The following equipment shall be carried on board the transport unit:

  • for each vehicle, a wheel chock of a size suited to the maximum mass of the vehicle and to the diameter of the wheel

  • two self-standing warning signs

  • eye rinsing liquida.

The following shall be carried for each member of the vehicle crew:

  • a warning vest (eg as described in the EN 471 standard)

  • portable lighting apparatus

  • a pair of protective gloves

  • eye protection (eg protective goggles).

The following shall be carried for each member of the vehicle crew:

  • a warning vest

  • portable lighting apparatus

  • a pair of protective gloves

  • eye protection.

Additional equipment required for certain classes include:

  • an emergency escape maskb for each member of the vehicle crew, which shall be carried on board the vehicle for danger label numbers 2.3 or 6.1

  • a shovelc

  • a drain sealc

  • a collecting containerc.

Additional equipment required for certain classes include:

  • an emergency escape mask for each member of the vehicle crew, which shall be carried on board the vehicle for danger label numbers 2.3 or 6.1

  • a shovelb

  • a drain sealb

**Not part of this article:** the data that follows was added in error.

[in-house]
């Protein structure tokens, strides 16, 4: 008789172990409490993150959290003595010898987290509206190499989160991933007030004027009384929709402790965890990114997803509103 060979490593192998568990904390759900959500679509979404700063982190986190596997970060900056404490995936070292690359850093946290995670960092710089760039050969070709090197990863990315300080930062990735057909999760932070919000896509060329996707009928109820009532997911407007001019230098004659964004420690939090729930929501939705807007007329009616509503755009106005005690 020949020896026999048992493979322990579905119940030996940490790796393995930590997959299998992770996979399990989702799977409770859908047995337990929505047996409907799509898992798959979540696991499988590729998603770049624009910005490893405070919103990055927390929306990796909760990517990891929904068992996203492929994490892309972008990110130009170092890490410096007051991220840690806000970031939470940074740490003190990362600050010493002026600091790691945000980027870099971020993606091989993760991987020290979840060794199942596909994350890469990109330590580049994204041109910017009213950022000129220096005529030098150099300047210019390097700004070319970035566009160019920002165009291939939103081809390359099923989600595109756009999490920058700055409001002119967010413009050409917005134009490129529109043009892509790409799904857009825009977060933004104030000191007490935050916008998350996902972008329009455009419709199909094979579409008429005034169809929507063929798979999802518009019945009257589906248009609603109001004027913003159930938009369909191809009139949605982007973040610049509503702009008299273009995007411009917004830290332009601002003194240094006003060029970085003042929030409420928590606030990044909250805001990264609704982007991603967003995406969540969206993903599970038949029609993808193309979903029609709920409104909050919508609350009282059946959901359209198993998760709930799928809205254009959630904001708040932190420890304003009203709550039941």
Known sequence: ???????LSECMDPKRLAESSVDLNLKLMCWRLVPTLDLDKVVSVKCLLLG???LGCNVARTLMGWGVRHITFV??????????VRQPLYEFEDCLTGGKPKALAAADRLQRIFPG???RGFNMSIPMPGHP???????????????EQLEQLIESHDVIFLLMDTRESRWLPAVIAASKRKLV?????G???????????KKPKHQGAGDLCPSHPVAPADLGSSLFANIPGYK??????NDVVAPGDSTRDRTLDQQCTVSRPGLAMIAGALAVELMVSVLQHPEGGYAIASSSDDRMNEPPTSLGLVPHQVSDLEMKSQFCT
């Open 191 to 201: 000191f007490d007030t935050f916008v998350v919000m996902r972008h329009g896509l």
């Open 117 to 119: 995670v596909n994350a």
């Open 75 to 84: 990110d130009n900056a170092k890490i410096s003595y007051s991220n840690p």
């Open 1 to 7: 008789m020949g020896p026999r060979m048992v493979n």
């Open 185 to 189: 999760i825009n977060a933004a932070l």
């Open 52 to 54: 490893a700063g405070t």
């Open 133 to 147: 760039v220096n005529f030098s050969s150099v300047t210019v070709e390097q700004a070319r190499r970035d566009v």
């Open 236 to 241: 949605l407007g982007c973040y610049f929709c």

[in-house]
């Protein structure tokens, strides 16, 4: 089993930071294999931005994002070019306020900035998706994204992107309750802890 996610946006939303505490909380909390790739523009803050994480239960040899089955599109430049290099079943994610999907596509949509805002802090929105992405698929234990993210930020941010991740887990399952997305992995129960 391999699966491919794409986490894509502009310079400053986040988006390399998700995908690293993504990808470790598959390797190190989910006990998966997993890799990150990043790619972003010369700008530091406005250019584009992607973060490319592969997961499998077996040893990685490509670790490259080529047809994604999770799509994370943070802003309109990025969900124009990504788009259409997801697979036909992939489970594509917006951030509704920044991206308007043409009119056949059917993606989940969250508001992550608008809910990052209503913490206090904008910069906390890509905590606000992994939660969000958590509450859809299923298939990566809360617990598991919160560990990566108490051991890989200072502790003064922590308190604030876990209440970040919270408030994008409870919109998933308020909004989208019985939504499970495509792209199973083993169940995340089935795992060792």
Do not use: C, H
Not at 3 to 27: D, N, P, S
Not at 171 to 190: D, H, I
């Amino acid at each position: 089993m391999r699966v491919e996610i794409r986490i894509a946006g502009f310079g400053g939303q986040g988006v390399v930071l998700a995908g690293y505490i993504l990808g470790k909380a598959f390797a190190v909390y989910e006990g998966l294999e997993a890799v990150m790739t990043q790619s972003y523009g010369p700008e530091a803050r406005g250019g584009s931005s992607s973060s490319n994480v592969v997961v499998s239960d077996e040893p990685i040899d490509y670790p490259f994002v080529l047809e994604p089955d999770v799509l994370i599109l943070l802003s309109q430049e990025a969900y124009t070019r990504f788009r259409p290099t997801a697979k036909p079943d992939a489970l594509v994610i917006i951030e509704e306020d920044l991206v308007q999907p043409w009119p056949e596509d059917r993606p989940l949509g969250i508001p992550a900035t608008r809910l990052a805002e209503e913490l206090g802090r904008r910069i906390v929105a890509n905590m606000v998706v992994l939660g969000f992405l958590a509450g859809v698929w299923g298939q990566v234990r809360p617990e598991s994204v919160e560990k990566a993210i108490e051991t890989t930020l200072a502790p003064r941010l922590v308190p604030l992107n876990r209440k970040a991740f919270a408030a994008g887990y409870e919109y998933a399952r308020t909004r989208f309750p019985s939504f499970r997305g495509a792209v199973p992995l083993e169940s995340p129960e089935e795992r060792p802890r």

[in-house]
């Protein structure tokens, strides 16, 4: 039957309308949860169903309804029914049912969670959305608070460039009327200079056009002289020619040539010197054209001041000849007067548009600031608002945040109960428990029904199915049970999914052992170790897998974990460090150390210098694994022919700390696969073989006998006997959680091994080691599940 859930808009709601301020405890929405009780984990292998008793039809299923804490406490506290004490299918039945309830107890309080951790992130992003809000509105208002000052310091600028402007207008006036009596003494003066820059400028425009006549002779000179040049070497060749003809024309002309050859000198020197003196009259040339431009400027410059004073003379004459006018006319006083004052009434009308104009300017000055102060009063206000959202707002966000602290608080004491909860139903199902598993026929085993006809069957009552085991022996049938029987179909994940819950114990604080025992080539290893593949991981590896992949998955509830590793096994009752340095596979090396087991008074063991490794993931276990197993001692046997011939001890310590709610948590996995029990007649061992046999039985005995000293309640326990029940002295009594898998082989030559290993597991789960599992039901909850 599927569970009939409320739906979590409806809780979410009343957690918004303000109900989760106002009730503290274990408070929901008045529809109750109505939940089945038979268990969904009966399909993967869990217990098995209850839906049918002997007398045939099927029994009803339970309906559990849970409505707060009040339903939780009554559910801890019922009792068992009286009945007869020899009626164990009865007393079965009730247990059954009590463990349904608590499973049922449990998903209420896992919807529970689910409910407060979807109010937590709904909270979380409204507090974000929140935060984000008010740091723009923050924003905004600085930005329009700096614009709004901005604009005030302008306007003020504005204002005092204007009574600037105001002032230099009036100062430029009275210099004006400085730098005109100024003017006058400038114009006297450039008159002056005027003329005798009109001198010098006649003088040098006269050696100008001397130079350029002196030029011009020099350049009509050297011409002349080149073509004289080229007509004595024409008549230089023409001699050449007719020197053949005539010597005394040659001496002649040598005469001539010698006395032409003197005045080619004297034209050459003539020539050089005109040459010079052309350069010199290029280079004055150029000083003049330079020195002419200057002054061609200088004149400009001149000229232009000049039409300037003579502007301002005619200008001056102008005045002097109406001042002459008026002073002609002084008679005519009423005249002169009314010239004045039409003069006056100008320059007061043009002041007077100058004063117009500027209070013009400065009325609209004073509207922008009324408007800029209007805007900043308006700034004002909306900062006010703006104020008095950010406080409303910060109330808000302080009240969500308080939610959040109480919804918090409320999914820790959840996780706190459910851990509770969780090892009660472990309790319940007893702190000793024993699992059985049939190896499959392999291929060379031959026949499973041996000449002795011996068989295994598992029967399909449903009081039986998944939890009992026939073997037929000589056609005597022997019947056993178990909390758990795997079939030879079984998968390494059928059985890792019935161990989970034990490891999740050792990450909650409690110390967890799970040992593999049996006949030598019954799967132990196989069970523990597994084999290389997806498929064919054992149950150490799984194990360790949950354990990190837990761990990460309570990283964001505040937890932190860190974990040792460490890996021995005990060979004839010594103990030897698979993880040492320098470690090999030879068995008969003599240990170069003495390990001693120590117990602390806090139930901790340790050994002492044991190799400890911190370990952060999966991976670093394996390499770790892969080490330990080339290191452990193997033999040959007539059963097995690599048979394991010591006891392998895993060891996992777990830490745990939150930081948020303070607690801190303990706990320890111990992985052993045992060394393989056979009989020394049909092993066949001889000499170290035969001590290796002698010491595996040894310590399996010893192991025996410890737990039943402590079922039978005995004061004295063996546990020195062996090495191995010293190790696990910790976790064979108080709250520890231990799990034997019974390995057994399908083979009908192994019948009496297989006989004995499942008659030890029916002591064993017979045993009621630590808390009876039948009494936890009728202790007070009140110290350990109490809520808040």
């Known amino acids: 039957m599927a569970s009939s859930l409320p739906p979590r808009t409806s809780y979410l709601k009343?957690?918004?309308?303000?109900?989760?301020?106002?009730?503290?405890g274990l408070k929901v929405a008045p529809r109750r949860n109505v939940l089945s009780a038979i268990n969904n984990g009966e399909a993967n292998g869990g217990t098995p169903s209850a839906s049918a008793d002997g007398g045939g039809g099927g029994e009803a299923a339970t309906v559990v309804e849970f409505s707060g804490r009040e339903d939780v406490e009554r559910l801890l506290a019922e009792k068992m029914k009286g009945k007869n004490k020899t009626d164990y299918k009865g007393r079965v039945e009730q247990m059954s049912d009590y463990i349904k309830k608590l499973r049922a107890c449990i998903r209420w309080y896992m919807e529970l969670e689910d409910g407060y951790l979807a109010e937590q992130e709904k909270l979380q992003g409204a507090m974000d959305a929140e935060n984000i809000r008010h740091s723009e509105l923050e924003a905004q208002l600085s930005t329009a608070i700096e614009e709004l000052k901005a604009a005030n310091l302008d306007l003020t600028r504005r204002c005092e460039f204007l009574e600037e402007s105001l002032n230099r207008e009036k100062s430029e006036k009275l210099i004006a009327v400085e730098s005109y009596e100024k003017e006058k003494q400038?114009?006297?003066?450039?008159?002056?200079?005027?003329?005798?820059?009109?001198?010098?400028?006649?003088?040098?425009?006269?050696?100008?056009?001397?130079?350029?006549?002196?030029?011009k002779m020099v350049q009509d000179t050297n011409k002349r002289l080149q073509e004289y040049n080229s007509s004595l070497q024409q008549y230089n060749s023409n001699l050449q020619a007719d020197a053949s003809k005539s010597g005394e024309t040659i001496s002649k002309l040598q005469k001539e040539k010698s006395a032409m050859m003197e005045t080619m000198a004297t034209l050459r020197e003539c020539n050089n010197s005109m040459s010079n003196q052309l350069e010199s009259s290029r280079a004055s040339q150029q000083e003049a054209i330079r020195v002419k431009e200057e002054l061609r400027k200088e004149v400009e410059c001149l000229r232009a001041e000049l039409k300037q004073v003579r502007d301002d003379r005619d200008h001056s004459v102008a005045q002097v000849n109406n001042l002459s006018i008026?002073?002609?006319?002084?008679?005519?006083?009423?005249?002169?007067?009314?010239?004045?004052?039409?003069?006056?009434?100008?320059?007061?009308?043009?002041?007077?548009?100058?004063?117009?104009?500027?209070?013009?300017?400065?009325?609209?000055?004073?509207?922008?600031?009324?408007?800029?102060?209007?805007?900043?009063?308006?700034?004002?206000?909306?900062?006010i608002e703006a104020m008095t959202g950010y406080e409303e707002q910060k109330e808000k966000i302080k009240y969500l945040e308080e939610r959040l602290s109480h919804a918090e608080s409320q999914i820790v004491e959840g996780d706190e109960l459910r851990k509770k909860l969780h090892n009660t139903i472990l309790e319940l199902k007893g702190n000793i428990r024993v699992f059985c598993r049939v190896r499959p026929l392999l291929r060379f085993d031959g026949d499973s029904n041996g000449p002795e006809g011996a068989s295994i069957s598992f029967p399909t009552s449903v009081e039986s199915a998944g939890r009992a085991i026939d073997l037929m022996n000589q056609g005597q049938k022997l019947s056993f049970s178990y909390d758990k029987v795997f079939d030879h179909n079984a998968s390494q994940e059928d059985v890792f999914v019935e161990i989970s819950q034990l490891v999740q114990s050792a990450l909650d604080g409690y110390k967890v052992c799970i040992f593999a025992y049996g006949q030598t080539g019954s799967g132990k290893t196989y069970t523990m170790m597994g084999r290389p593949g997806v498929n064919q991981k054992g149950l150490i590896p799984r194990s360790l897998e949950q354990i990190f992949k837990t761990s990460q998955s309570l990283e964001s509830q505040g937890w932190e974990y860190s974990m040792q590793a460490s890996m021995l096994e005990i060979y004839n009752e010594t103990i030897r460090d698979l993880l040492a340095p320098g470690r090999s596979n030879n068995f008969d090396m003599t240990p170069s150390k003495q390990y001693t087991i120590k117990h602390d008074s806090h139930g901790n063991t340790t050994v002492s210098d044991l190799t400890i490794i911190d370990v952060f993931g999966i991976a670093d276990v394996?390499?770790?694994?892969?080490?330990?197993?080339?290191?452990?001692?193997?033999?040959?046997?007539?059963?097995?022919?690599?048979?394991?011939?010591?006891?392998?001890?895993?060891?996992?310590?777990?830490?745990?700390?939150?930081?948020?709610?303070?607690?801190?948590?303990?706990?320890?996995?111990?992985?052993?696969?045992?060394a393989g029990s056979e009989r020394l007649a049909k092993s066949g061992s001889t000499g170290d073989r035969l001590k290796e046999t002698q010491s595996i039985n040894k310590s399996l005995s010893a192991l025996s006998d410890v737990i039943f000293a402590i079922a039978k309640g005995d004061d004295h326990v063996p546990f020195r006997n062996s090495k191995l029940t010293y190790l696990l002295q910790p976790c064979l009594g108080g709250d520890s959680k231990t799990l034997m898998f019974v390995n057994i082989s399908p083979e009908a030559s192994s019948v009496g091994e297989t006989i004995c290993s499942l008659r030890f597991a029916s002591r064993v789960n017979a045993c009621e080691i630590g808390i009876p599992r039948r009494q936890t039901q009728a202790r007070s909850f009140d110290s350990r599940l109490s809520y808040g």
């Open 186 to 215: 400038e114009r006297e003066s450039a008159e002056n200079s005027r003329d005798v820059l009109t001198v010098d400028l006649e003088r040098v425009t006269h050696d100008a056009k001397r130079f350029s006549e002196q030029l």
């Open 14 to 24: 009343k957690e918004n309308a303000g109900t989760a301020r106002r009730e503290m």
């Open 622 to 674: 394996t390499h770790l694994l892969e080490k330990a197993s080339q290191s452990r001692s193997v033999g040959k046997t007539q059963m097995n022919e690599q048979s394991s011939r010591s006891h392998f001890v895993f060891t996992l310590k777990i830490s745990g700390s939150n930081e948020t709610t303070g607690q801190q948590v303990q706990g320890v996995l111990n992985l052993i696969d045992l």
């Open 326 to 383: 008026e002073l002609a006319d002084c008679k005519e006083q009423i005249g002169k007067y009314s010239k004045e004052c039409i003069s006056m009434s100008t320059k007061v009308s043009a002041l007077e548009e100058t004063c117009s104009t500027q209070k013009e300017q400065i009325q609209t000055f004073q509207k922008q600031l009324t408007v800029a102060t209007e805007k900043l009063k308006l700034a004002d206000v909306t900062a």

• a collecting containerb.

  1. Not required for danger label numbers 1, 1.4, 1.5, 1.6, 2.1, 2.2 and 2.3.

  2. For example, an emergency escape mask with a combined gas/dust filter of the A1B1E1K1 P1 or A2B2E2K2-P2 type, which is similar to that described in the EN 141 standard.

  3. Only required for solids and liquids with danger label numbers 3, 4.1, 4.3, 8 or 9.

  1. Not required for danger label numbers 1, 1.4, 1.5, 1.6, 2.1, 2.2 and 2.3.

  2. Only required for solids and liquids with danger label numbers 3, 4.1, 4.3, 8 or 9.

Note:

Although the references to the standards of the personal protective equipment requirements have been dropped from the IiW, they still remain specified in s.8.1.5.

The changes, while minor, will mean that all existing IiW and copies will need to be replaced by updated versions. However, rather than just the normal six-month transitional provisions, a longer period will be provided by a new transitional provision in chapter 1.6:

1.6.1.35: The instructions in writing in accordance with the requirements of ADR applicable up to 31 December 2014, but which do not however conform to the requirements of 5.4.3 applicable as from 1 January 2015, may continue to be used until 30 June 2017.

Conclusion

Though split into two places in ADR, the requirements for IiW are relatively straightforward and there is little excuse for failure to carry the required IiW. In addition, carriers should ensure that drivers and other members of the crew are aware of, and carry out, their duties in relation to the IiW.

Last reviewed 4 February 2014